EIB finds Europe lagging behind in 5G competition; bank also warned the process needs to be accelerated
DUBLIN: The European Investment Bank (EIB) has found that Europe is lagging behind in terms of rapidly advancing information technology. EIB also warns that Europe needs to accelerate its 5G technology approach.
Coincidentally, the report came on the same day that the European Union announced a €900 million investment in a new public-private partnership to boost 5G deployment and 6G research.
The fifth generation mobile technology allows faster data transfer than 4G and greater traffic. It enables more devices to connect and ‘talk’ to each other. Advanced 5G technology can power self-driving cars, remote surgeries and factories, and holographic communications.
Far behind in financial aid
The study reveals that Europe lags behind the US and China in funding 5G technology. Growth-stage funding for startups developing 5G applications are limited between €4.6bn and €6.6bn a year in early. “This gap could represent a major challenge for the evolution of 5G in Europe, and poses the risk of Europe being left behind in the race for 5G leadership,” said the joint EIB-European Commission report.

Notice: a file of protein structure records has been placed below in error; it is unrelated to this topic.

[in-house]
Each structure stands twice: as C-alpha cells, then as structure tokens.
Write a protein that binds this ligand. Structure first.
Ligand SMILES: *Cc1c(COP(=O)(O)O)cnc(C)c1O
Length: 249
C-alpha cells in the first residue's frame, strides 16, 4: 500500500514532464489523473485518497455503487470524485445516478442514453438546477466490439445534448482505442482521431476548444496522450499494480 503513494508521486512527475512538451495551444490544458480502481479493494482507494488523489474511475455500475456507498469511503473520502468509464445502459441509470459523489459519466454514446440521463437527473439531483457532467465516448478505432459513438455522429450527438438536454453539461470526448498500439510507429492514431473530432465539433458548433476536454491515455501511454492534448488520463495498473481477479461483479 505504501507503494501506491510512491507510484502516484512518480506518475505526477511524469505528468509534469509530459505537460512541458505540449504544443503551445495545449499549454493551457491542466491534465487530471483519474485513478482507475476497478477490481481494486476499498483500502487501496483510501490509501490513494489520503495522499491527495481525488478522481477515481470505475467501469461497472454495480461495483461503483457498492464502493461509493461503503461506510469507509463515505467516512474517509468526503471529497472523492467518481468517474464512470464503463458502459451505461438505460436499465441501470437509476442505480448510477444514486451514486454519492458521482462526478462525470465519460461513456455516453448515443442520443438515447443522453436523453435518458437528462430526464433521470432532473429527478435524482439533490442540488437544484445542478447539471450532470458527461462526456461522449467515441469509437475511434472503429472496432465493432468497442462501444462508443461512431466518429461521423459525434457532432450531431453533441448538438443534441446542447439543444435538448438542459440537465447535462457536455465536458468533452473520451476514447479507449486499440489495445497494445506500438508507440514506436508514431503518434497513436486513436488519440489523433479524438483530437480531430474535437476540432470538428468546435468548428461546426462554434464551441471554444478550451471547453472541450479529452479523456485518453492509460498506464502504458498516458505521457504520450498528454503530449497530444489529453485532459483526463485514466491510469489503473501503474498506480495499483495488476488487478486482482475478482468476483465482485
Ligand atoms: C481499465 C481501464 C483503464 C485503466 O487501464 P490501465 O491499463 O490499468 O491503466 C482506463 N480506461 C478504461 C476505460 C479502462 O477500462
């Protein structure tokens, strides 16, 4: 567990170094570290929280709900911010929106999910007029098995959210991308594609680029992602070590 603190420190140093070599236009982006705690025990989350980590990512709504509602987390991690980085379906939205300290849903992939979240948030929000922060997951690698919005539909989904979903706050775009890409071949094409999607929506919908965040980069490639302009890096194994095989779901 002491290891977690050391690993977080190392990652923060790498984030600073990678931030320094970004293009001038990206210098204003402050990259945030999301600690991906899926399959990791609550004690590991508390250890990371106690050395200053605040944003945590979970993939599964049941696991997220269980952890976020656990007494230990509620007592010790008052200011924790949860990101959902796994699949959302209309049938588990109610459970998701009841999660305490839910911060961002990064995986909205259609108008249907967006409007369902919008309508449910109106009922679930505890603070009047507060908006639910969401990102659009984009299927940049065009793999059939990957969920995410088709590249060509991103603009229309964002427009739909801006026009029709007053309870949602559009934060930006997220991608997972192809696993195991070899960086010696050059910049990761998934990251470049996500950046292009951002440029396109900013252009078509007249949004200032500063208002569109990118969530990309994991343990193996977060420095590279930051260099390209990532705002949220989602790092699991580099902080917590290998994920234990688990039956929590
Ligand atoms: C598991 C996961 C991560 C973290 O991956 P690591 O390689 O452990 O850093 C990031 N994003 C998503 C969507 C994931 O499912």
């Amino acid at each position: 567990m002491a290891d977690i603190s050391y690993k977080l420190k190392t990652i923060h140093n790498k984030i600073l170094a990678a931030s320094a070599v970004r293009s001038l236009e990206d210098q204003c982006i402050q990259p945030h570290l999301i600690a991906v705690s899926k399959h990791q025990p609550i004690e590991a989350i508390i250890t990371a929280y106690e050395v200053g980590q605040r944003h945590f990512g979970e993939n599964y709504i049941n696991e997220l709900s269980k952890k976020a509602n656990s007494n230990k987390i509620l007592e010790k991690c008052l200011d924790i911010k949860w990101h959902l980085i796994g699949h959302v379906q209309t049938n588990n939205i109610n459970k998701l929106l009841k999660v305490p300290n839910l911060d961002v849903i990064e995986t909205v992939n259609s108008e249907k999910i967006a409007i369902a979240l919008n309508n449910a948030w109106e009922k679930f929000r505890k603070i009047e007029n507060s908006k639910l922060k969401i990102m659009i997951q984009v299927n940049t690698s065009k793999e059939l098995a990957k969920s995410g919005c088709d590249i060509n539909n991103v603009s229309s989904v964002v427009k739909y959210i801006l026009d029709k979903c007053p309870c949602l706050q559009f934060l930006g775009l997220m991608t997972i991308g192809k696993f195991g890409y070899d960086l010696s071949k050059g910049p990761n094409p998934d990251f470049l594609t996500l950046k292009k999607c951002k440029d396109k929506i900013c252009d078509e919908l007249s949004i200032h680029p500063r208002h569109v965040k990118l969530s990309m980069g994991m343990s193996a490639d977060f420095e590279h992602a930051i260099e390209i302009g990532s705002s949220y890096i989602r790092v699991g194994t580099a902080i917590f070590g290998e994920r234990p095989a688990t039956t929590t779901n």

The report also blames the financial gap on the risk aversion of private and public investors and the lack of understanding of 5G technologies.
There are a lot of tech hubs in the European Union compared to the US. The study points out that San Francisco and New York are the cities of investors. But in the European Union, startups are scattered across 15 countries, including Ireland, which are listed as ‘medtech’ and ‘hardware’ hub.
“In the European VC [venture capital] market, most fund managers focus on a single country or region, rather than the whole continent. For that reason, they remain relatively small and struggle to gain the scale necessary to attract long-term financial investors,” the report says.
Ireland and 5G: Airspan is coming too
Three major mobile providers in the country, including Three Ireland, launched 5G offers last year. Three Ireland has moved from Chinese tech giant Huawei to Sweden’s Ericsson, as a result of geopolitical tensions.
The study also highlights that Airspan, a US mobile network provider, is the new challenger for major mobile providers in Ireland. In 2017, the company won a bid for a 15-year licence on Ireland’s 3.6 GHz spectrum.
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